Some Basic Commands
There are three main types of commands in ConTeXt:
- start-stop: To apply something to some text, enclose the text in
- setup: To configure something for the rest of the document, use
- define: To create a named customization of something, use
Many commands don’t fit into one of these types, but here are some that do. For brevity, throughout this list
\startsomething is shorthand for
These commands relate to the structure of a document.
- \starttext: In a typical document, the text to be typeset is enclosed by this. \definetext and \setuptext are defined but have little documentation and don’t appear to be used much.
- \startdocument and \setupdocument: If customization is wanted, the text to be typeset can be enclosed by \startdocument instead of \starttext. The command \startdocument allows for document metadata and can be configured with \setupdocument.
- \definehead and \setuphead: The generic name for a section of a document in head, so these commands allow you to define and customize your own sections. The main built-in sections are: part, chapter, section, subsection, subsubsection, and their numberless counterparts. See the Titles page for further details.
- \setupheader/\setupfooter: These can be used to customize the headers and footers of a document, including whether or not anything should be displayed in them.
- \setupheadertexts/\setupfootertexts: If the headers and footers are set to display text, these commands allow you to customize what those texts are.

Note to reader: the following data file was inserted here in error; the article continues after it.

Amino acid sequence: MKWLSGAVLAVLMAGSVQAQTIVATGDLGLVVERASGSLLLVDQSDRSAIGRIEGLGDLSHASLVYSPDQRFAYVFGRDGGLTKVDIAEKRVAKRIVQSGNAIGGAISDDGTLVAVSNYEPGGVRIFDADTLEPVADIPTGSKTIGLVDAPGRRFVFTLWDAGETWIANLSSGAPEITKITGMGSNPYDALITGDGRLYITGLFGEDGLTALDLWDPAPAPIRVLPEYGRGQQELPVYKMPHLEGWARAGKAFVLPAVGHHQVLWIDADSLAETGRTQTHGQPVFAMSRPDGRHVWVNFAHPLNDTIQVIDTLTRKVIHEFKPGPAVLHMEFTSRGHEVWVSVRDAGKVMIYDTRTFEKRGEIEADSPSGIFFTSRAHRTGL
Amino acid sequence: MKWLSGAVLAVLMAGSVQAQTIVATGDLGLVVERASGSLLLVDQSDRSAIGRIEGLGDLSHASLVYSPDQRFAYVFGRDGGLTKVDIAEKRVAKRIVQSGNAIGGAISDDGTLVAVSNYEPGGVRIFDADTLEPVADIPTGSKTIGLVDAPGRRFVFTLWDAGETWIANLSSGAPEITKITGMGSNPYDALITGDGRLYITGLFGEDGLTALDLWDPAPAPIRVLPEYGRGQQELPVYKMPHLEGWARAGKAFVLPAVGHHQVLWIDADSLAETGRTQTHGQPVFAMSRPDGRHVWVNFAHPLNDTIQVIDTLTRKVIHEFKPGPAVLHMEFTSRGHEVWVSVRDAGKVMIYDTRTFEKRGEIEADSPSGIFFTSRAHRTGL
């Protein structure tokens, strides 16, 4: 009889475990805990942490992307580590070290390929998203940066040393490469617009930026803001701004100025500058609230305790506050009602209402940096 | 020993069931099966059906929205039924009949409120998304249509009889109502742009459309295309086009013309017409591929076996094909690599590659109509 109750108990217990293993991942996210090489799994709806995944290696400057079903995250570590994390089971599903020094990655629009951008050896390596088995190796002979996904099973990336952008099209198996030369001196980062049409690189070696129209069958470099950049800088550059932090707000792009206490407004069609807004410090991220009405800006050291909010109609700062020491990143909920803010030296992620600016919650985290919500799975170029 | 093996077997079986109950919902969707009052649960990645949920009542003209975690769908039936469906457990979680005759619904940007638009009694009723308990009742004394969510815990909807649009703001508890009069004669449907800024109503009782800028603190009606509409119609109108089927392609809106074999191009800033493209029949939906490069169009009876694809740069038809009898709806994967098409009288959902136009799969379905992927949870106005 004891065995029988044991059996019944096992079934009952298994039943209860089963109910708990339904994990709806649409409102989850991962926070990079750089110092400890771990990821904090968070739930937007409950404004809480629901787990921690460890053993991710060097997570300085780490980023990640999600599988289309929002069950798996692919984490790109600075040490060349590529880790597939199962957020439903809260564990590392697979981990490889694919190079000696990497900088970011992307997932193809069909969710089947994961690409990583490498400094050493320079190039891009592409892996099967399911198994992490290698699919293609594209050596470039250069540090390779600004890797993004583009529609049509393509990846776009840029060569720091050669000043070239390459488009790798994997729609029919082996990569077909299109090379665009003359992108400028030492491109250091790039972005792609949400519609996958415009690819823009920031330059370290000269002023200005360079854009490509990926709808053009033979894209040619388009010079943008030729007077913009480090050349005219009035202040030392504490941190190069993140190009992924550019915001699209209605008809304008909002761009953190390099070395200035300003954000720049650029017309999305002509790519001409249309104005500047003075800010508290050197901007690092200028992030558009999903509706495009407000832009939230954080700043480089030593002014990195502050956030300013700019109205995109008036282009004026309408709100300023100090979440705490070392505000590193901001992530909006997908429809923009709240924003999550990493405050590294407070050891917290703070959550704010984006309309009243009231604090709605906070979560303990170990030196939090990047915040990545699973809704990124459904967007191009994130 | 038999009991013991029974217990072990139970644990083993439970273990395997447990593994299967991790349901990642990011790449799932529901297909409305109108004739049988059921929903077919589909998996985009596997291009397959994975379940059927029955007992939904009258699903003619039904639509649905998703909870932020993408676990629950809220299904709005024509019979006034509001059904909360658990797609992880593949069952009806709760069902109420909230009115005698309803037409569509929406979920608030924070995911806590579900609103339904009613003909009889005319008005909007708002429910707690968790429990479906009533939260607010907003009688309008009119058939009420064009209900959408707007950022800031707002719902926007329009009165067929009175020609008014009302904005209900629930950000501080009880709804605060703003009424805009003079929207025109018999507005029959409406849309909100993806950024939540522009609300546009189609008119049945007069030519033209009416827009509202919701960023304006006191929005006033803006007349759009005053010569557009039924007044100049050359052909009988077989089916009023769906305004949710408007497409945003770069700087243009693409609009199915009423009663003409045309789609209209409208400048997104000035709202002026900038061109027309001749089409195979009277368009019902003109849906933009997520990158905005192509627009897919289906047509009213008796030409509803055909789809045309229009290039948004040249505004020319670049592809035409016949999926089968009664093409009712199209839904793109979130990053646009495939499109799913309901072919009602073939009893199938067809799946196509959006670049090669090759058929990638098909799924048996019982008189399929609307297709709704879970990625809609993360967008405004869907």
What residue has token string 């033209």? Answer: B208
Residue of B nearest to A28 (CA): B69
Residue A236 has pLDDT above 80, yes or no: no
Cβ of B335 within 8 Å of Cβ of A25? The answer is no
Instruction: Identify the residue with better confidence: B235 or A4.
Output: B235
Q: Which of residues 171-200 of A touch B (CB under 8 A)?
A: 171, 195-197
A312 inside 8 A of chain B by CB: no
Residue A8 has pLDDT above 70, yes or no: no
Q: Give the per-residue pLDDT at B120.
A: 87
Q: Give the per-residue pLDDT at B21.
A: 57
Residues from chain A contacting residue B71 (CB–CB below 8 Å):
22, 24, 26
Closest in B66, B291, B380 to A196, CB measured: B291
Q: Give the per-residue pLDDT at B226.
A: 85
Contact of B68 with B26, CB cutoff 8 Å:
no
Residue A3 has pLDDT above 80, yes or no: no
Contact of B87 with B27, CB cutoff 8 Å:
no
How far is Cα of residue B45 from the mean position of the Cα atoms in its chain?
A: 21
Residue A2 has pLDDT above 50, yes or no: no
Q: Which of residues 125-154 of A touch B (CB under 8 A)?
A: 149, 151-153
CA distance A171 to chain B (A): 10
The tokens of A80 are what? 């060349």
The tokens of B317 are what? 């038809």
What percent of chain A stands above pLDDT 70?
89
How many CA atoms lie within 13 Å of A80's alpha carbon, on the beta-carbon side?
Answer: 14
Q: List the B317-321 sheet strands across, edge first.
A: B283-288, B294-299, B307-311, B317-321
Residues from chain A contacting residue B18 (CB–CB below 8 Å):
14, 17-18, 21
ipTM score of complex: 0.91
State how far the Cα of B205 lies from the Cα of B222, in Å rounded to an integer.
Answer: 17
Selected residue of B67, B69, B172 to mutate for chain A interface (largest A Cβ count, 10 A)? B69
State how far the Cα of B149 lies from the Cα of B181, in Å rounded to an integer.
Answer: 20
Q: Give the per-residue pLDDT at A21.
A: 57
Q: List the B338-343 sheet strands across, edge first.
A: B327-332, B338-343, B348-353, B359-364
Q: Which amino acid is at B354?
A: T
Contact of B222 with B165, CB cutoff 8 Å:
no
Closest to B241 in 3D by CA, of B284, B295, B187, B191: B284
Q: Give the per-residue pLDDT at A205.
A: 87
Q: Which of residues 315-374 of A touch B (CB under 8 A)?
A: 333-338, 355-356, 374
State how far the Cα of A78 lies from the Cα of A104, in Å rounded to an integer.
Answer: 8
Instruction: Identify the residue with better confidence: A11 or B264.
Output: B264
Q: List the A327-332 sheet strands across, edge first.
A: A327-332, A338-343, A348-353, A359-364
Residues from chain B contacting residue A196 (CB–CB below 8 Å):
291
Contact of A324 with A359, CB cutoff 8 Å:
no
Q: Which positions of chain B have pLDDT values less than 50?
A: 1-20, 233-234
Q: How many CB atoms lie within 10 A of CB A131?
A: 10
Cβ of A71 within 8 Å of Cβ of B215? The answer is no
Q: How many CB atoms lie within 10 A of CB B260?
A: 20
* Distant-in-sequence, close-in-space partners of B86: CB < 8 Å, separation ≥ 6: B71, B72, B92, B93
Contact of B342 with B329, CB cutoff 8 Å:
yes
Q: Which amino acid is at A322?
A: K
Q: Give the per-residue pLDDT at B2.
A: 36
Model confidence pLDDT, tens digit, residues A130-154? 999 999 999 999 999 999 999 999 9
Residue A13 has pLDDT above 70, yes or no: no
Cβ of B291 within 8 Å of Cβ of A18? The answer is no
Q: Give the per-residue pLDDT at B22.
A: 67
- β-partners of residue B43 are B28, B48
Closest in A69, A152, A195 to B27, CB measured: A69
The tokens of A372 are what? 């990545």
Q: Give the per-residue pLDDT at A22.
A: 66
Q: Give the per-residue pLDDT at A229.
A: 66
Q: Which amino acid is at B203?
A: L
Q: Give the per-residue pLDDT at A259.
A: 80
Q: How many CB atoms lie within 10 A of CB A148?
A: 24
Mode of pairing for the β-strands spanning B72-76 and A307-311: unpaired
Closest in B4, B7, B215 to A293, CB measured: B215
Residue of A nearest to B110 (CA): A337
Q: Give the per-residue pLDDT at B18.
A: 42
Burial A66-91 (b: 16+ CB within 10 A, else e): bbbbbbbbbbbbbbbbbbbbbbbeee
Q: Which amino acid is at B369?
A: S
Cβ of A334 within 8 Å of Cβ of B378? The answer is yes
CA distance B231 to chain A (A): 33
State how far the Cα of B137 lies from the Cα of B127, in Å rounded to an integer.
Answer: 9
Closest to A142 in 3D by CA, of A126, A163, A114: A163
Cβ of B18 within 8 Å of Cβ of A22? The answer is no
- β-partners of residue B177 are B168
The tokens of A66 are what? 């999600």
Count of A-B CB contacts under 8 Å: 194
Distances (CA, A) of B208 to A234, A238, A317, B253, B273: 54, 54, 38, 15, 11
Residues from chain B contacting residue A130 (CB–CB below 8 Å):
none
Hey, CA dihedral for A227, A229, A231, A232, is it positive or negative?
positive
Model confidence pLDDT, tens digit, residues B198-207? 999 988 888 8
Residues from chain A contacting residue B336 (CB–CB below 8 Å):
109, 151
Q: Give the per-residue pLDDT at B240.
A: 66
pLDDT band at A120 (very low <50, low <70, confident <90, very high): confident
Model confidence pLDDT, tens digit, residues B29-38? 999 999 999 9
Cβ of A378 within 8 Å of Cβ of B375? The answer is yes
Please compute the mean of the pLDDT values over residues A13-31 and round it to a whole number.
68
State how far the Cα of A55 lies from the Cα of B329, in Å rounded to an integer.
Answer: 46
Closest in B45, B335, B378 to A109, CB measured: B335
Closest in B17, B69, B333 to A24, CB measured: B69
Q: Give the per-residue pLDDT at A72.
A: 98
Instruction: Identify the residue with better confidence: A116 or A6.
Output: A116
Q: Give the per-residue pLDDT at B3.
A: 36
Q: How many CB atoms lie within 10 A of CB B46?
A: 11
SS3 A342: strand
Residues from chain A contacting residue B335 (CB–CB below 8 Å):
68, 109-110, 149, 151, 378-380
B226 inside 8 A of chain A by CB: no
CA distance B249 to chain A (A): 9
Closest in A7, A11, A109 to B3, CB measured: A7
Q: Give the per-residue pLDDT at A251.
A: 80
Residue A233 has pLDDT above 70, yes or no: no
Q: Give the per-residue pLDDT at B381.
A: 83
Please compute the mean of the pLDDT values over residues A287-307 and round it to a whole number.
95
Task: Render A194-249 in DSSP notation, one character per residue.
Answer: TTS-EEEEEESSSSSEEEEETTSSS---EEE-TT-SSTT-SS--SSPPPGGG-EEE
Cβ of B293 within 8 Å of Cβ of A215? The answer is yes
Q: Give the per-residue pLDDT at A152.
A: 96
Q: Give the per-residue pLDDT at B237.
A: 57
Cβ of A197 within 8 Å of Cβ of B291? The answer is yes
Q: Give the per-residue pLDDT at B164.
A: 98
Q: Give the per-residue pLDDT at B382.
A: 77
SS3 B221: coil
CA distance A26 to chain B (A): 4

- \definemakeup, \setupmakeup, and \startmakeup: A makeup is a page with a different formatting than the rest of the pages in the document (such as a title page or colophon). Use these commands to make and customize the formatting of such a page.
- \definesectionblock and \setupsectionblock: A section block is a section of the document with its own page numbering format (such as the built-in section blocks
appendix). You can use these commands to define and customize section blocks.
- \definestartstop and \setupstartstop: Use these commands to define and customize your own start-stop regions.
- \setupblock and \setupblock: Use these commands to define and customize your own formats for blocks of text. These are somewhat similar to start-stop regions, but there is one major difference: there commands such as \hideblocks to turn off the display of blocks. For other such commands, see the documentation for \setupblock.
- \definelist and \setuplist: Use these to define and customize your own types of lists.
- \definelistalternative and \setuplistalternative: These commands allow you to define and customize options for the
alternativekey in \setuplist.
- \definedescription and \setupdescription: With these commands, you can define and customize your own descriptions. For more details about descriptions, see the Description page.
- \definecombinedlist and \setupcombinedlist: Use these to define and custsomize combined lists. A combined list is a generalization of the table of contents. See the Table of Contents page for further details.
- \definepagebreak: This allows you to define a configuration for page breaks, as used in many different commands (including \pagebreak and \page.)
Text formatting and decoration commands
These commands relate to how text is displayed, without repositioning the text (much).
- \definehighlight and \setuphighlight: These allow you to define and configure different ways of highlighting text.
- \defineframed, \setupframed: Use these to define and configure ways to place frames around single paragraphs of text. Note that this doesn’t break across pages.
- \defineframedtext and \setupframedtext: Use these to define and configure ways to place frames around multiple paragraphs of text. Note that this doesn’t break across pages.